What are Community Right to Build Orders?

If your community wants to construct or rebuild community buildings such as a community centre or community-led housing, a Community Right to Build Order could be the best route for you to take.

If your community wants to construct or rebuild community buildings such as a community centre or community-led housing, a Community Right to Build Order could be the best route for you to take.

A Community Right to Build Order is a type of Neighbourhood Development Order and forms one of the neighbourhood planning tools introduced in the Localism Act 2011. It can be used to grant outline or full planning permission for specific development which complies with the order. For example: homes, shops, businesses, affordable housing for rent or sale, community facilities or playgrounds.

A Community Right to Build Order is put together by local people who can decide on the type, quantity and design of buildings they want, and in the locations they want them.

Once an order has been drawn up with the involvement of local people, it is publicised and consulted on before being submitted to your local planning authority. Your authority arranges for an independent examiner to test whether the order meets the relevant legal tests, such as ensuring it is in line with national planning policies and certain basic conditions. If the independent examiner gives their approval, the Order is put to a local referendum.

If more than 50 per cent of those who vote in the referendum are in favour of the Community Right to Build Order, it will be ‘made’ and planning permission will have been granted. What is important about this process is that the community gives permission for the building to go ahead – not the local authority as happens with a traditional planning application.

A Community Right to Build Order can be produced at the same time as a neighbourhood plan, or separately.

Read more about Understanding Community Right to Build Orders here.

Community Right to Build Orders: Step-by-step

  • Step 1: Establishing community support
    • Community engagement in the process is a statutory requirement and is  essential for developing consensus within the community and avoiding misconceptions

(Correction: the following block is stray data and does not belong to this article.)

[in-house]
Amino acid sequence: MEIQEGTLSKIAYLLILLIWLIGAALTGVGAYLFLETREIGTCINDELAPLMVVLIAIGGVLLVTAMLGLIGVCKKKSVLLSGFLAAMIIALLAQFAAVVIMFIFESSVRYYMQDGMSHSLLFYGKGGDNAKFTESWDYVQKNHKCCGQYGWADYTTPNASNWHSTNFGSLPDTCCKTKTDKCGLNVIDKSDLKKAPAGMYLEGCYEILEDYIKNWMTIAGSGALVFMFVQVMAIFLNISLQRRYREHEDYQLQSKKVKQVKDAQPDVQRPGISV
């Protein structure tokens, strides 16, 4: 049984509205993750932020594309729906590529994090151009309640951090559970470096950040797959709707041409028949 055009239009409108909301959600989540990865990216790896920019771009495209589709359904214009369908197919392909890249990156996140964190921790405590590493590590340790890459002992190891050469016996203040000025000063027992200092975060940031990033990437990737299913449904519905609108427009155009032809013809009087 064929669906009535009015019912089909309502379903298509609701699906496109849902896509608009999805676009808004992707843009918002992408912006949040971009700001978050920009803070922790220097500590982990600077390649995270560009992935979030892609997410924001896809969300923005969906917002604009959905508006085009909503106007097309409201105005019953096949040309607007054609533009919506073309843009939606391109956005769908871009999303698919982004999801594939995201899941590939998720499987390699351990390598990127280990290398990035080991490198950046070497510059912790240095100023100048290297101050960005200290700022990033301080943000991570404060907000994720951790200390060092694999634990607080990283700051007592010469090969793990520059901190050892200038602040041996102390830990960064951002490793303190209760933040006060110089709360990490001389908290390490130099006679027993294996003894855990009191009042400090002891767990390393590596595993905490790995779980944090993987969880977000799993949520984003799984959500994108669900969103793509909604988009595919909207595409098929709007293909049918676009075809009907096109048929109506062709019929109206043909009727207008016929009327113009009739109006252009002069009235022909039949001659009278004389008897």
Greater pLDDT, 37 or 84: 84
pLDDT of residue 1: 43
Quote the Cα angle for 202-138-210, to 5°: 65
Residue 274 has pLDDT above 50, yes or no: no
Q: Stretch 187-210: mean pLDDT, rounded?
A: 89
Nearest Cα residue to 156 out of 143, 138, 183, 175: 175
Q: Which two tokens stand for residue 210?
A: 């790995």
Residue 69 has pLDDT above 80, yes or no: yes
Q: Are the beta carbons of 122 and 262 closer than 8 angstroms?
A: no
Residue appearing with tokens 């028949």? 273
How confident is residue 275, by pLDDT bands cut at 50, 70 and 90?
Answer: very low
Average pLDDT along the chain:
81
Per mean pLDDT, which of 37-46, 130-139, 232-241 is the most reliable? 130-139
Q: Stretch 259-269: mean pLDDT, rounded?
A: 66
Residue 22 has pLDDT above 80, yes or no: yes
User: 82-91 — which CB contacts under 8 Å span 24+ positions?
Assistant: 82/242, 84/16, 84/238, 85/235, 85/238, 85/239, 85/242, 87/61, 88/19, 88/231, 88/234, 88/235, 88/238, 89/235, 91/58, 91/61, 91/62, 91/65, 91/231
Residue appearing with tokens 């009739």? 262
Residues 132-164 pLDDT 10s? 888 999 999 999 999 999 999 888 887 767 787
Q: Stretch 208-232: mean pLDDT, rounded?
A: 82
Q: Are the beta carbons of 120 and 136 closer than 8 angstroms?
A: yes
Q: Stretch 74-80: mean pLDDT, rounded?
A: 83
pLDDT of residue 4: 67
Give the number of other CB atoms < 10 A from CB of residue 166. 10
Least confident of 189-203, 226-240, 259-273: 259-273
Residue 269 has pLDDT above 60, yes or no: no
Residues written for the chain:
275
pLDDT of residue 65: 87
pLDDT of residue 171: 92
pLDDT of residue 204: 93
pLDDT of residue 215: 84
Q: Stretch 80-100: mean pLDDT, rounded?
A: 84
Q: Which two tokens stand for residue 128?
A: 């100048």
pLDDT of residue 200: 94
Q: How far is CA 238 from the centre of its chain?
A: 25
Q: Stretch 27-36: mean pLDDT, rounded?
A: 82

• Step 2: Establish a legal structure for your group
    • Setting up a formal legal structure is called ‘incorporating’. Incorporation is an essential prerequisite if an organisation wishes to use the Community Right to Build
  • Step 3: Defining the neighbourhood area
    • A neighbourhood area must be identified in order to be eligible to apply for a Community Right to Build Order.
  • Step 4: Developing a business case
    • You will need a business case to show that your project is feasible (it can be achieved in the short term), sustainable (it can be successful in the long term) and credible (your organisation has the required skills or can draw on the skills of professionals for the knowledge and capacity to deliver it).
  • Step 5: Preparing a Community Right to Build Order
    • When submitting a Community Right to Build order proposal to the local planning authority it must include a number of plans and detail.
  • Step 6: Submitting a Community Right to Build Order
    • Once a Community Right to Build Order is submitted, it will undergo an independent examination, and once any recommendations for change have been undertaken, it can go to referendum#
  • Step 7: The referendum
    • A relevant council must make arrangements for and meet the costs of the referendum to take place in the defined neighbourhood area.
  • Step 8: Doing the development

You can follow the Community Right to Build Order step by step guide here.

Read our guide to Community Right to Build Orders